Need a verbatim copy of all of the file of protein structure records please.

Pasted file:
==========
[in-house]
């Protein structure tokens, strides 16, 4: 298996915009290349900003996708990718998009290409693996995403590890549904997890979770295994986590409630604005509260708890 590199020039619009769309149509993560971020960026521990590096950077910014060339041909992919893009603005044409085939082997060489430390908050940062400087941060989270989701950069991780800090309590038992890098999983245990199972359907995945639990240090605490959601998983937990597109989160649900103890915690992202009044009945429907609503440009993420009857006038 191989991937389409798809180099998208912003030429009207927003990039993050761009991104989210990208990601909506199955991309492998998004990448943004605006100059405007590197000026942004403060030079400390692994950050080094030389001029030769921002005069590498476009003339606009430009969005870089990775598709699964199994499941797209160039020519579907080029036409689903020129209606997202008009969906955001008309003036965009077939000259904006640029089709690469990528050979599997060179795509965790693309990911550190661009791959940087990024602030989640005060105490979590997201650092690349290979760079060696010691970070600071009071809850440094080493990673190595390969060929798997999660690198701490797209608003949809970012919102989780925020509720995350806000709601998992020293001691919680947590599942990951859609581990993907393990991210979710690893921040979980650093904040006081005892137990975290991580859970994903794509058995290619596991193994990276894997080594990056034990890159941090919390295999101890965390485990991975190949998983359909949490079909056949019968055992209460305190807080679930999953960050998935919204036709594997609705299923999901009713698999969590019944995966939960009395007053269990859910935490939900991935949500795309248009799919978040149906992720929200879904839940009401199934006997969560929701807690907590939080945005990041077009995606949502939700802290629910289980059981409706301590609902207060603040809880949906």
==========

[in-house]
């Protein structure tokens, strides 16, 4: 298996915009290349900003996708990718998009290409693996995403590890549904997890979770295994986590409630604005509260708890 590199020039619009769309149509993560971020960026521990590096950077910014060339041909992919893009603005044409085939082997060489430390908050940062400087941060989270989701950069991780800090309590038992890098999983245990199972359907995945639990240090605490959601998983937990597109989160649900103890915690992202009044009945429907609503440009993420009857006038 191989991937389409798809180099998208912003030429009207927003990039993050761009991104989210990208990601909506199955991309492998998004990448943004605006100059405007590197000026942004403060030079400390692994950050080094030389001029030769921002005069590498476009003339606009430009969005870089990775598709699964199994499941797209160039020519579907080029036409689903020129209606997202008009969906955001008309003036965009077939000259904006640029089709690469990528050979599997060179795509965790693309990911550190661009791959940087990024602030989640005060105490979590997201650092690349290979760079060696010691970070600071009071809850440094080493990673190595390969060929798997999660690198701490797209608003949809970012919102989780925020509720995350806000709601998992020293001691919680947590599942990951859609581990993907393990991210979710690893921040979980650093904040006081005892137990975290991580859970994903794509058995290619596991193994990276894997080594990056034990890159941090919390295999101890965390485990991975190949998983359909949490079909056949019968055992209460305190807080679930999953960050998935919204036709594997609705299923999901009713698999969590019944995966939960009395007053269990859910935490939900991935949500795309248009799919978040149906992720929200879904839940009401199934006997969560929701807690907590939080945005990041077009995606949502939700802290629910289980059981409706301590609902207060603040809880949906």